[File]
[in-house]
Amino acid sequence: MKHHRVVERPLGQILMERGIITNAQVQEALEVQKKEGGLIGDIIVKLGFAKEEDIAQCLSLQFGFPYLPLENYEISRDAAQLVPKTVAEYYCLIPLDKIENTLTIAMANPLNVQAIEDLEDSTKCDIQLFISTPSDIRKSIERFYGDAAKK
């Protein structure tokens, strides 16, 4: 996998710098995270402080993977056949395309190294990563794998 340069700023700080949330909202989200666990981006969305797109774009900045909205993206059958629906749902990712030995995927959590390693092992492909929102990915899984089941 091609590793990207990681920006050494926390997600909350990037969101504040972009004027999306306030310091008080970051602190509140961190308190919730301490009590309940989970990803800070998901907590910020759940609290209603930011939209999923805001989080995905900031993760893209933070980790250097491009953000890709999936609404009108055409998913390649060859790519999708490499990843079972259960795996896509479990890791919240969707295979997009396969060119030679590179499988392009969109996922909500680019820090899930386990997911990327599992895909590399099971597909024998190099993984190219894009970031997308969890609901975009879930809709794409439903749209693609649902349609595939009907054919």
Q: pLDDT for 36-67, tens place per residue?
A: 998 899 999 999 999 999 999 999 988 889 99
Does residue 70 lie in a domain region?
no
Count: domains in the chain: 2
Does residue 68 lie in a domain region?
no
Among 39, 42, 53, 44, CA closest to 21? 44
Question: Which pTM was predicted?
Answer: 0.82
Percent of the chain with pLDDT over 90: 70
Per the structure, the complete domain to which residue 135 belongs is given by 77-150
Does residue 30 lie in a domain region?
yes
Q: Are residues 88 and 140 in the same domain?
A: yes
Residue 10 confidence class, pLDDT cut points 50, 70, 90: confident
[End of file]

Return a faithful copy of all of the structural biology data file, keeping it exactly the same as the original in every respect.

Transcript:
[in-house]
Amino acid sequence: MKHHRVVERPLGQILMERGIITNAQVQEALEVQKKEGGLIGDIIVKLGFAKEEDIAQCLSLQFGFPYLPLENYEISRDAAQLVPKTVAEYYCLIPLDKIENTLTIAMANPLNVQAIEDLEDSTKCDIQLFISTPSDIRKSIERFYGDAAKK
């Protein structure tokens, strides 16, 4: 996998710098995270402080993977056949395309190294990563794998 340069700023700080949330909202989200666990981006969305797109774009900045909205993206059958629906749902990712030995995927959590390693092992492909929102990915899984089941 091609590793990207990681920006050494926390997600909350990037969101504040972009004027999306306030310091008080970051602190509140961190308190919730301490009590309940989970990803800070998901907590910020759940609290209603930011939209999923805001989080995905900031993760893209933070980790250097491009953000890709999936609404009108055409998913390649060859790519999708490499990843079972259960795996896509479990890791919240969707295979997009396969060119030679590179499988392009969109996922909500680019820090899930386990997911990327599992895909590399099971597909024998190099993984190219894009970031997308969890609901975009879930809709794409439903749209693609649902349609595939009907054919």
Q: pLDDT for 36-67, tens place per residue?
A: 998 899 999 999 999 999 999 999 988 889 99
Does residue 70 lie in a domain region?
no
Count: domains in the chain: 2
Does residue 68 lie in a domain region?
no
Among 39, 42, 53, 44, CA closest to 21? 44
Question: Which pTM was predicted?
Answer: 0.82
Percent of the chain with pLDDT over 90: 70
Per the structure, the complete domain to which residue 135 belongs is given by 77-150
Does residue 30 lie in a domain region?
yes
Q: Are residues 88 and 140 in the same domain?
A: yes
Residue 10 confidence class, pLDDT cut points 50, 70, 90: confident